Researchers are studying how a patient's immune reaction to an oncolytic virus may improve the treatment. Once the virus has passed into a cancer cell, an immune reaction may help to destroy the cancer cell.
Researchers are also trying to discover the best way to deliver oncolytic virus therapy. The approved therapy injects the virus directly into a tumour, delivering the treatment where it’s needed and reducing potential side effects. However, the location and type of tumour may make this difficult, and there may be benefits to delivering the virus through the blood so it can reach the whole body. Giving a whole body treatment is less specific but may treat patients whose cancer has spread or who have multiple tumours. There may even be a case for treating a patient both ways with an oncolytic virus.
Oncolytic virus clinical trials
Clinical trials are looking at using oncolytic virus therapy in combination with other treatments, such as chemotherapy and radiation therapy.
A first-of-its-kind clinical trial is currently underway in Canada using a combination of viruses to study whether oncolytic virus therapy is safe and effective in stimulating an immune response and killing cancer cells in advanced solid tumours.
Adoptive T-cell transfer therapy
Adoptive T-cell transfer therapy uses a person’s immune cells (T cells) to fight cancer. Researchers in the field of adoptive T-cell therapy have developed different ways to treat patients with T cells.
Researchers have found immune cells deep inside some tumours and have named them tumour-infiltrating lymphocytes (TILs). Researchers can remove T cells from a person’s tumour, determine which ones will best fight cancer and grow these specific cells in the lab. The lab-grown T cells are injected back into the person to mount an immune response and attack the tumour.
Clinical trials in T-cell therapy
There are trials in Canada testing the clinical response to TIL therapy in:
- Metastatic melanoma
- Gynecologic cancers such as ovarian, fallopian or peritoneal cancer
Early TIL therapy studies have been promising, but the effectiveness of this treatment is limited by the ability to get TILs from patients. A tumor sample may not have enough TILs, or it cannot be surgically removed to isolate TILs. Even if a patient has enough TILs, the patient has to be well enough to wait for the T cells to grow in the lab, which can take many weeks.
Training T cells to be used in cancer treatment
Alternatively, researchers have found a new way to train immune cells to fight cancer. They can remove a person’s T cells from a blood sample and, in the lab, insert genes into the T cells to help them recognize an antigen (or foreign marker) from the person’s cancer cells.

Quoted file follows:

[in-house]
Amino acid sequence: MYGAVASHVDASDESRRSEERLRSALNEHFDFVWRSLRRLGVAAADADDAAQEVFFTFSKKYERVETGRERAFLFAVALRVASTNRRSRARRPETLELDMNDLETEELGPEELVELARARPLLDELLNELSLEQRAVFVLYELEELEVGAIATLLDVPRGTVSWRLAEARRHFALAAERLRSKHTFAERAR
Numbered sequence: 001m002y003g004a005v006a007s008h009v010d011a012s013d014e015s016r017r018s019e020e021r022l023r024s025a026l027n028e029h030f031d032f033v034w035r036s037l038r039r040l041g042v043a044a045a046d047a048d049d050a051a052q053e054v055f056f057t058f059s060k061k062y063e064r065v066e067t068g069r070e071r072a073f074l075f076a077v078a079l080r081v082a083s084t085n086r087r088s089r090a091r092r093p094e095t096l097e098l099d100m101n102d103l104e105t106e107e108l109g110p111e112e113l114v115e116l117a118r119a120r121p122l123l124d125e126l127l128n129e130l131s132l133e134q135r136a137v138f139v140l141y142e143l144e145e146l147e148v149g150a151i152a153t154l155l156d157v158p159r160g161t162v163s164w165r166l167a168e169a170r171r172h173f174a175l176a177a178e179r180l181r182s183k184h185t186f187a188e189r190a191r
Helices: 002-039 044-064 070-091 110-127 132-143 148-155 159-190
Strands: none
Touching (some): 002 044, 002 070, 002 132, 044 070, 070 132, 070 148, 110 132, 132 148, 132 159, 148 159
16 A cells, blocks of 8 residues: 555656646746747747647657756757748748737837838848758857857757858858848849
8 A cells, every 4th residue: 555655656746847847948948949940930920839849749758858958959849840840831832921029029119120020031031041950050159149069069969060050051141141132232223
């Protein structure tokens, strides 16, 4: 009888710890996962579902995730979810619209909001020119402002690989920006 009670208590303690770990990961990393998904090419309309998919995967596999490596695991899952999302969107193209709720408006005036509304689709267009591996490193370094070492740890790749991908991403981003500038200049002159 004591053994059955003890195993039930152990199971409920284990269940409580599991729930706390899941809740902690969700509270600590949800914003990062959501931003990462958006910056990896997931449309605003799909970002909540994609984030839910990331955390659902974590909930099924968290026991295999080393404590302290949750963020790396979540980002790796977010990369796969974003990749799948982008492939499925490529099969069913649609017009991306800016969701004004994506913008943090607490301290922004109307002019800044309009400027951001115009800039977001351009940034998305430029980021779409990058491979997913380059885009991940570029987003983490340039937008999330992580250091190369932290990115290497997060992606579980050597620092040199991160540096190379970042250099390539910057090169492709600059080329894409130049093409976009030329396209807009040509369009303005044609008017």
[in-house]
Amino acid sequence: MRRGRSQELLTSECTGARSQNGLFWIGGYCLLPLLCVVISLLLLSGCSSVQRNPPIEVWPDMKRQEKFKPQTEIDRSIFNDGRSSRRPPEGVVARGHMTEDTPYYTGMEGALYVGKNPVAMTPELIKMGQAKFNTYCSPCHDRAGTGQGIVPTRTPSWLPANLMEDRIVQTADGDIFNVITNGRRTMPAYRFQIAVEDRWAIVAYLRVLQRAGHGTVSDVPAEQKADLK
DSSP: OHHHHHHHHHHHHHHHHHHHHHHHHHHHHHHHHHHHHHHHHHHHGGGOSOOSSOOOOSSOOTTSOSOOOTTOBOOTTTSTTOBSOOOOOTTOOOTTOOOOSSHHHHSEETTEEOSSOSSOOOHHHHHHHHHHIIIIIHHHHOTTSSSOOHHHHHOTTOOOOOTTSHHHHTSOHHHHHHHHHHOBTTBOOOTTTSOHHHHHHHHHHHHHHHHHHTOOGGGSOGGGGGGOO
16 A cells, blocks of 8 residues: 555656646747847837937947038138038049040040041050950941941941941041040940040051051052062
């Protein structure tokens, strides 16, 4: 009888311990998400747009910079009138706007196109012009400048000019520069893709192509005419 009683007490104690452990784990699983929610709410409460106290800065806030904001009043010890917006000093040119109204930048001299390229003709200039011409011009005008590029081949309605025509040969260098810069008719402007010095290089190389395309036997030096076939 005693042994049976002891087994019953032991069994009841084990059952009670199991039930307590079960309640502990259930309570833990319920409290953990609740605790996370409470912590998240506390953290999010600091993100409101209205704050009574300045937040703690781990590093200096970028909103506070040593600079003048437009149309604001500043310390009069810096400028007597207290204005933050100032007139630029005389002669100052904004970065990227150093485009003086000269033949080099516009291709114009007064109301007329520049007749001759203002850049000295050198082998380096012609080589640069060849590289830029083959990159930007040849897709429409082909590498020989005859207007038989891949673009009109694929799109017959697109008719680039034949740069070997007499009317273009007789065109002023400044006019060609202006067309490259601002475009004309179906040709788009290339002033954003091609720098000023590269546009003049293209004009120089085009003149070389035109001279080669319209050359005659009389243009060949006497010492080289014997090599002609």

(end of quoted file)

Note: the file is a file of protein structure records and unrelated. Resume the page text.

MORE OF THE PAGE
These T cells now have a specific antigen receptor (called a chimeric antigen receptor) on their surface. When the genetically changed T cells are given back to the person, they bind to the marker on the surface of a cancer cell, which causes T cells in the body to attack and destroy it. This type of therapy is called chimeric antigen receptor T cell therapy (CAR-T).
A clinical trial in Canada is currently testing the efficacy of CAR-T-cell therapy in diffuse large B-cell lymphoma.
CAR-T therapy has shown promise in early clinical trials against some hard-to-treat forms of leukemia and lymphoma. Some patients have responded well and their cancer is no longer detected after treatment. These patients are still being followed to see if they have been cured in the long term.
However, there have been some serious side effects from this treatment due to the over-activation of the immune system. Some recent high profile studies in the US have been put on hold due to adverse patient reactions.
T-cell therapy needs more work before being used as cancer treatment
Doctors are still trying to tailor these therapies to have the greatest efficacy while reducing harmful side effects. They are studying questions that will factor in to how well the engineered T cells will be able to survive and function in the patient:
- What is the best way to engineer cells and deliver new genes to T cells?
- What are the best targets that will engage the immune system to fight the cancer?
- What is the best way to grow these cells outside of the body?
Adoptive cell transfer therapy is particularly exciting because engineered T cells only need one treatment for long-lasting response. Nearly all patients (more than 90%) with acute lymphoblastic leukemia (ALL) respond to CAR-T therapy, which is a much higher response rate than other immunotherapies. Preclinical trials have also shown that the treatments are more effective when CAR-T and checkpoint inhibitors are used in combination.
A tremendous amount of promising immunotherapy research is underway to discover new effective therapies against many cancers. However, much work still needs to be done to ensure these therapies are safe and effective. A main issue is that success of these therapies varies from patient to patient and cancer to cancer. This affects how drugs are approved for widespread use in Canada.
The good news is that immunotherapy can have a complete response in some patients or make cancer a stable disease with less collateral damage than traditional treatments, and researchers are sure to build on these successes.
Clinical Trial Information
The following websites have information about current cancer clinical trials:
Canadian Cancer Trials
(Clinical trials in all Canadian provinces)
National Cancer Institute
(Clinical trials in Canada, United States and around the world)
If you have questions about clinical trials currently being conducted in Canada, please contact the Canadian Cancer Society's Cancer Information Service toll-free at 1 888 939-3333.
Katherine Wright, PhD